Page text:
Rob said...

"Can you spot the difference between the genuine and the fake $100 bills?"

That's a trick question: there isn't any difference.

Hot Sam said...
This comment has been removed by the author.
Hot Sam said...

Here is the link to the fed's balance sheet. There are fewer federal reserve notes in circulation than you might guess - less than 1 trillion.

Balance sheet

There is more "currency" in the accounts of financial institutions: about 1.7 trillion.

The bottom of the page shows the collateral for the federal reserve notes consisting mainly of treasuries, but a fair amount of government guaranteed MBS. Ultimately the notes are backed by the full faith and credit of the government which, as our debt grows, will become less full and less faithful.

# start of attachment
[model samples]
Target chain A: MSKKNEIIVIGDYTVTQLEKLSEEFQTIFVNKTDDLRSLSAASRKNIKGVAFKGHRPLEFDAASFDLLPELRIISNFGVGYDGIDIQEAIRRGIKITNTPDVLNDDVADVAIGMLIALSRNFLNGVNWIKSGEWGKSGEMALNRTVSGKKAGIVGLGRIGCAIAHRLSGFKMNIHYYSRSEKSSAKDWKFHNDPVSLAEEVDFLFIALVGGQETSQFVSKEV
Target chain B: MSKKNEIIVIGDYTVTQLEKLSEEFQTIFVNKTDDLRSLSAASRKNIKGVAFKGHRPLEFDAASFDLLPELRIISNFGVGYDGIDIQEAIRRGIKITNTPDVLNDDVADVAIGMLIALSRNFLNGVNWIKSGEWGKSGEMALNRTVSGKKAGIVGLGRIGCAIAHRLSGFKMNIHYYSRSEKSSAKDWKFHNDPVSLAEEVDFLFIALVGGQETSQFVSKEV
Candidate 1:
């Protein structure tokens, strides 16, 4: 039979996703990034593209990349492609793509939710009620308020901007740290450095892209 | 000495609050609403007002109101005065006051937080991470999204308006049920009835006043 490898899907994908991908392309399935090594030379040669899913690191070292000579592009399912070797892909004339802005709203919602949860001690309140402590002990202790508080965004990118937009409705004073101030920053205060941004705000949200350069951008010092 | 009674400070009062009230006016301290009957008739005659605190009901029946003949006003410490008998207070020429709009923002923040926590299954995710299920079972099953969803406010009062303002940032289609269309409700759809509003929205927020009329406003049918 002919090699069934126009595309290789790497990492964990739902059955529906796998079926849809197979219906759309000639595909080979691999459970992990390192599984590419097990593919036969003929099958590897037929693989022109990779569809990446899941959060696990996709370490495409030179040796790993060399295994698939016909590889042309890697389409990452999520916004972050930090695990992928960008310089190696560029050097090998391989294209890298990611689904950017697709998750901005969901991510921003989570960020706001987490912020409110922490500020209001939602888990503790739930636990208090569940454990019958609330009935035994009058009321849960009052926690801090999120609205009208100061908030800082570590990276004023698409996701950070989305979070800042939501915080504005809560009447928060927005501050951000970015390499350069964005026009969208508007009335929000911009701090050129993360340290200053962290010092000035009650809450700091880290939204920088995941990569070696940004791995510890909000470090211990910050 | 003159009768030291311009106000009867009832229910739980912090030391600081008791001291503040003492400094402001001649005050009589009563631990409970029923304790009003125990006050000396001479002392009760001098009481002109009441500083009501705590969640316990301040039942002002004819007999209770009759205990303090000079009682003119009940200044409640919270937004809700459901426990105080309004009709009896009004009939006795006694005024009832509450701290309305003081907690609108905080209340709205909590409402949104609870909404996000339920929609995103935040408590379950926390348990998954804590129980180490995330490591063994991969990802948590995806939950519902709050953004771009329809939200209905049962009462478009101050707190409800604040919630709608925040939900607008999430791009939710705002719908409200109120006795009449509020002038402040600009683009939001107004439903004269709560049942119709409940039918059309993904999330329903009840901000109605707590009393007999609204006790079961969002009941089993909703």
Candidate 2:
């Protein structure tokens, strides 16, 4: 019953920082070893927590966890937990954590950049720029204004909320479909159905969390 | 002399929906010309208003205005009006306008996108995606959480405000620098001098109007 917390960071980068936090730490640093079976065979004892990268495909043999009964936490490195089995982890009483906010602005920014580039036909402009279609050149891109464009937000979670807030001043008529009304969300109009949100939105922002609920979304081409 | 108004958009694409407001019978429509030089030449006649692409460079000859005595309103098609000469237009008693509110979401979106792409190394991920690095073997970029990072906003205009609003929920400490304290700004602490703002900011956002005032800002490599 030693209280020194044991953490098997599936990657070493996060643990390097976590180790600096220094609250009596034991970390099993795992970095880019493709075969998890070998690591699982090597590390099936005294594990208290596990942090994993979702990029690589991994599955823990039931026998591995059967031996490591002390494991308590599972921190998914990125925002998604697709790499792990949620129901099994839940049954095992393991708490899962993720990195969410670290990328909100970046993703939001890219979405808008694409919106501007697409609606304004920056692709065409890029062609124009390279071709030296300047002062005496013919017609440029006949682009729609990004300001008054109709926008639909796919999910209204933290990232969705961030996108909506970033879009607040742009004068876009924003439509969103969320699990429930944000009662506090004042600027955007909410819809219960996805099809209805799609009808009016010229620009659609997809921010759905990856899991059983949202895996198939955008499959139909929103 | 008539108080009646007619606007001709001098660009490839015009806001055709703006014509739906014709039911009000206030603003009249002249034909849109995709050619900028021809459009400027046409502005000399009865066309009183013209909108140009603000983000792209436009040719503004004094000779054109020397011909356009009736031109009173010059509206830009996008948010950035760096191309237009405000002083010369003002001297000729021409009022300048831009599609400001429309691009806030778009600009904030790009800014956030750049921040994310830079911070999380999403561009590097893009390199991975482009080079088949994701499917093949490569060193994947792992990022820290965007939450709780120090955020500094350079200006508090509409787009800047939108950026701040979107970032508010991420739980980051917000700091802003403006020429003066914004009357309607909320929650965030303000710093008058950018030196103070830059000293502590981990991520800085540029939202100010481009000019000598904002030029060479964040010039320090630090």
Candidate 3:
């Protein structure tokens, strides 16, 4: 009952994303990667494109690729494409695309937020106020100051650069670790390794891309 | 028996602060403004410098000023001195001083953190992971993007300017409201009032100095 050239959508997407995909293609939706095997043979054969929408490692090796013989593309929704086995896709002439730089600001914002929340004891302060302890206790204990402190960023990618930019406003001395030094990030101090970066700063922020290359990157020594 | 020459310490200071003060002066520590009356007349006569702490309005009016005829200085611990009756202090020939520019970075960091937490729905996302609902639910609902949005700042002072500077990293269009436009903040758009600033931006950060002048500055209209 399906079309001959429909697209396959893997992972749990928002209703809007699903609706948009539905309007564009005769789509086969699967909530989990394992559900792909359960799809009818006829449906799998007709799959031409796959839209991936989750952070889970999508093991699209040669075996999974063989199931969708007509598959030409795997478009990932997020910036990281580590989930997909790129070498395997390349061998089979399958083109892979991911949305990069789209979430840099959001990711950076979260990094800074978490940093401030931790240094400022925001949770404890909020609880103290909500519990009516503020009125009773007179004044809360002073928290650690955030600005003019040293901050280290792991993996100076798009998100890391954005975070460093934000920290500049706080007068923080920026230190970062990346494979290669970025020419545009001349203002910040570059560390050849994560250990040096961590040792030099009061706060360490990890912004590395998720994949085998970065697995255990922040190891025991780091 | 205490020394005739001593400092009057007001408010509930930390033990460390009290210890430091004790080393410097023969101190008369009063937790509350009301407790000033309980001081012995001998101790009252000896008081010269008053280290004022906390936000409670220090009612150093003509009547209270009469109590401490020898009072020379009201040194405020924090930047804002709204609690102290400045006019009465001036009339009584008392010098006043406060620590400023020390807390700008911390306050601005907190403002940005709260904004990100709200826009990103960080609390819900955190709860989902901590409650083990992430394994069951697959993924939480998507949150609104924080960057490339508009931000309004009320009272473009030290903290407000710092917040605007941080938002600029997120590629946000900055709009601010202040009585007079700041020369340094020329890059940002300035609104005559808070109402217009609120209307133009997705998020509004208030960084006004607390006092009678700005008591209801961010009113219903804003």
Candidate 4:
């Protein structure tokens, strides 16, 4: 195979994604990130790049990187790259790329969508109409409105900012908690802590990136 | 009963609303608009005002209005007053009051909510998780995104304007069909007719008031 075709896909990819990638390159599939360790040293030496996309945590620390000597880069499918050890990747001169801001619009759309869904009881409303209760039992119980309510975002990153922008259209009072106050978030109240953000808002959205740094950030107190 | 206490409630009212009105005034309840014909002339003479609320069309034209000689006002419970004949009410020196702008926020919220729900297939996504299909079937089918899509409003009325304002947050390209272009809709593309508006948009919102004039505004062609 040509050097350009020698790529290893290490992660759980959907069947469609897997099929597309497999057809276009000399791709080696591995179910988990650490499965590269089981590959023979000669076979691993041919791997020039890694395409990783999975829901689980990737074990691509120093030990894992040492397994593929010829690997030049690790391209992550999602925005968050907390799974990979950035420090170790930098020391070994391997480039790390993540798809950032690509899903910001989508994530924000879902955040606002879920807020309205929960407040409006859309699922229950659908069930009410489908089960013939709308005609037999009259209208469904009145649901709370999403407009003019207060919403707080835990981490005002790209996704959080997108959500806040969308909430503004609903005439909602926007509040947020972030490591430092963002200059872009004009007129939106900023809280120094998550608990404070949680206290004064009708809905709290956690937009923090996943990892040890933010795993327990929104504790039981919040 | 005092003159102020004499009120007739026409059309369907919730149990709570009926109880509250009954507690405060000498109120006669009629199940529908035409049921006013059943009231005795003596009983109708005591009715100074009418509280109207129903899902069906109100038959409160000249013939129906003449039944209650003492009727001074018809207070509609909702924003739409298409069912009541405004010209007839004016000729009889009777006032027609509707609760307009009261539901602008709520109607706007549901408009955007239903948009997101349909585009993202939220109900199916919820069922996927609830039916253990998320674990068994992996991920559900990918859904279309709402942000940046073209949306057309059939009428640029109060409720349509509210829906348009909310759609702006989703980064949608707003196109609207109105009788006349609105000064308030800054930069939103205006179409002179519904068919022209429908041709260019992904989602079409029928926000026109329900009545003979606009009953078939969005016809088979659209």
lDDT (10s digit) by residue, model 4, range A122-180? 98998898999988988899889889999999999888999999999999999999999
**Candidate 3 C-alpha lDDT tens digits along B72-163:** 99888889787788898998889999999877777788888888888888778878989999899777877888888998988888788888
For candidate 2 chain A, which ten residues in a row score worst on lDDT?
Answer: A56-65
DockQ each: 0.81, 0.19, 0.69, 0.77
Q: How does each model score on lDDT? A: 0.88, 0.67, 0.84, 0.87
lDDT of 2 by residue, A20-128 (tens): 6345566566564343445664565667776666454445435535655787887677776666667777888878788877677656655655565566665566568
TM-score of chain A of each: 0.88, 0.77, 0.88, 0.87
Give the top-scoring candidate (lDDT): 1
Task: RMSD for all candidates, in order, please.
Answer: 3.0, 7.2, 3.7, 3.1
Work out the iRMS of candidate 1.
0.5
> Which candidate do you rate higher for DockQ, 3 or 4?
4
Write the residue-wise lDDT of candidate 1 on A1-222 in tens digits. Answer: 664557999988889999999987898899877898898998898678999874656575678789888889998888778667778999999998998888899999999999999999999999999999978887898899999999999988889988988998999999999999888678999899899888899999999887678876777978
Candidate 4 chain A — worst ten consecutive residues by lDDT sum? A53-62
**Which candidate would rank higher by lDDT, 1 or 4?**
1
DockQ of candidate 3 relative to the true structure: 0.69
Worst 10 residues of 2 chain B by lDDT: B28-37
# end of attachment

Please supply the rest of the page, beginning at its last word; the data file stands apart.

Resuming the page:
The Whited Sepulchre said...

Either party - The Fed, or The Fakers - can print all they want.

One has the full faith and credit, etc etc etc, and the other side doesn't. But their worthless paper still looks the same, doesn't it?

Fake Transcript said...

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Fake Transcript

Hot Sam said...

If I sell you a lump of iron pyrite claiming it is gold, and you believe it's gold, and a hundred people in transactions thereafter believe it's gold, then what does that say about gold as a medium of exchange?

What happens when, say, someone discovers a way to extract gold from seawater. This would be similar to the influx of gold into Spain from the American colonies. What happens to the value of gold and any currency backed by it? Did a central bank create the ensuing inflation?

The bottom line is that counterfeiting is not a valid criticism of fiat money, and commodity money is neither immune to fakery, debasement, inflation, or inefficiency.